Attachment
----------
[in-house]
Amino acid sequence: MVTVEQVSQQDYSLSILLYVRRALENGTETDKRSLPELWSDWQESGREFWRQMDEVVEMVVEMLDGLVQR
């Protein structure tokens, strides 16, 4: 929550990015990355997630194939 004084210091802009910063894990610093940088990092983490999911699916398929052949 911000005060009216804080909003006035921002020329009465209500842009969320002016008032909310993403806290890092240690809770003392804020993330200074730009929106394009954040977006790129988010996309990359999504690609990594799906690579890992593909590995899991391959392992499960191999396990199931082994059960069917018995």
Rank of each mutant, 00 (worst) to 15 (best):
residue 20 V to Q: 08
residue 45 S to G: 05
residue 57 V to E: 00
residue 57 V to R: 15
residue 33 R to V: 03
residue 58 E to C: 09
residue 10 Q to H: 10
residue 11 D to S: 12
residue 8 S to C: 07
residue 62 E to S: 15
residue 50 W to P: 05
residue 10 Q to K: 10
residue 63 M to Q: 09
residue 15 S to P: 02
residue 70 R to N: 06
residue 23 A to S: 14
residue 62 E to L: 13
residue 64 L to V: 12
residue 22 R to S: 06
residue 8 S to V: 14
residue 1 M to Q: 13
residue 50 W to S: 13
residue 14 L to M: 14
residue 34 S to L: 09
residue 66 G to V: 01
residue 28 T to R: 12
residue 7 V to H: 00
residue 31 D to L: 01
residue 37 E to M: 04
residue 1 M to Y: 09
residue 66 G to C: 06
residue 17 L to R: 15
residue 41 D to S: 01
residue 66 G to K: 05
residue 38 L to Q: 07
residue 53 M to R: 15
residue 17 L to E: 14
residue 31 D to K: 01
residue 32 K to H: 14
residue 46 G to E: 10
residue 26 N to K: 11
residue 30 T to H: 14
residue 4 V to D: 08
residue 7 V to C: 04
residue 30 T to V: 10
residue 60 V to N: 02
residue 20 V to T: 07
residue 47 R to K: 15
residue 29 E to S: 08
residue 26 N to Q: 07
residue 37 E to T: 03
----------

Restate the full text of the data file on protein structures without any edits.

[in-house]
Amino acid sequence: MVTVEQVSQQDYSLSILLYVRRALENGTETDKRSLPELWSDWQESGREFWRQMDEVVEMVVEMLDGLVQR
């Protein structure tokens, strides 16, 4: 929550990015990355997630194939 004084210091802009910063894990610093940088990092983490999911699916398929052949 911000005060009216804080909003006035921002020329009465209500842009969320002016008032909310993403806290890092240690809770003392804020993330200074730009929106394009954040977006790129988010996309990359999504690609990594799906690579890992593909590995899991391959392992499960191999396990199931082994059960069917018995």
Rank of each mutant, 00 (worst) to 15 (best):
residue 20 V to Q: 08
residue 45 S to G: 05
residue 57 V to E: 00
residue 57 V to R: 15
residue 33 R to V: 03
residue 58 E to C: 09
residue 10 Q to H: 10
residue 11 D to S: 12
residue 8 S to C: 07
residue 62 E to S: 15
residue 50 W to P: 05
residue 10 Q to K: 10
residue 63 M to Q: 09
residue 15 S to P: 02
residue 70 R to N: 06
residue 23 A to S: 14
residue 62 E to L: 13
residue 64 L to V: 12
residue 22 R to S: 06
residue 8 S to V: 14
residue 1 M to Q: 13
residue 50 W to S: 13
residue 14 L to M: 14
residue 34 S to L: 09
residue 66 G to V: 01
residue 28 T to R: 12
residue 7 V to H: 00
residue 31 D to L: 01
residue 37 E to M: 04
residue 1 M to Y: 09
residue 66 G to C: 06
residue 17 L to R: 15
residue 41 D to S: 01
residue 66 G to K: 05
residue 38 L to Q: 07
residue 53 M to R: 15
residue 17 L to E: 14
residue 31 D to K: 01
residue 32 K to H: 14
residue 46 G to E: 10
residue 26 N to K: 11
residue 30 T to H: 14
residue 4 V to D: 08
residue 7 V to C: 04
residue 30 T to V: 10
residue 60 V to N: 02
residue 20 V to T: 07
residue 47 R to K: 15
residue 29 E to S: 08
residue 26 N to Q: 07
residue 37 E to T: 03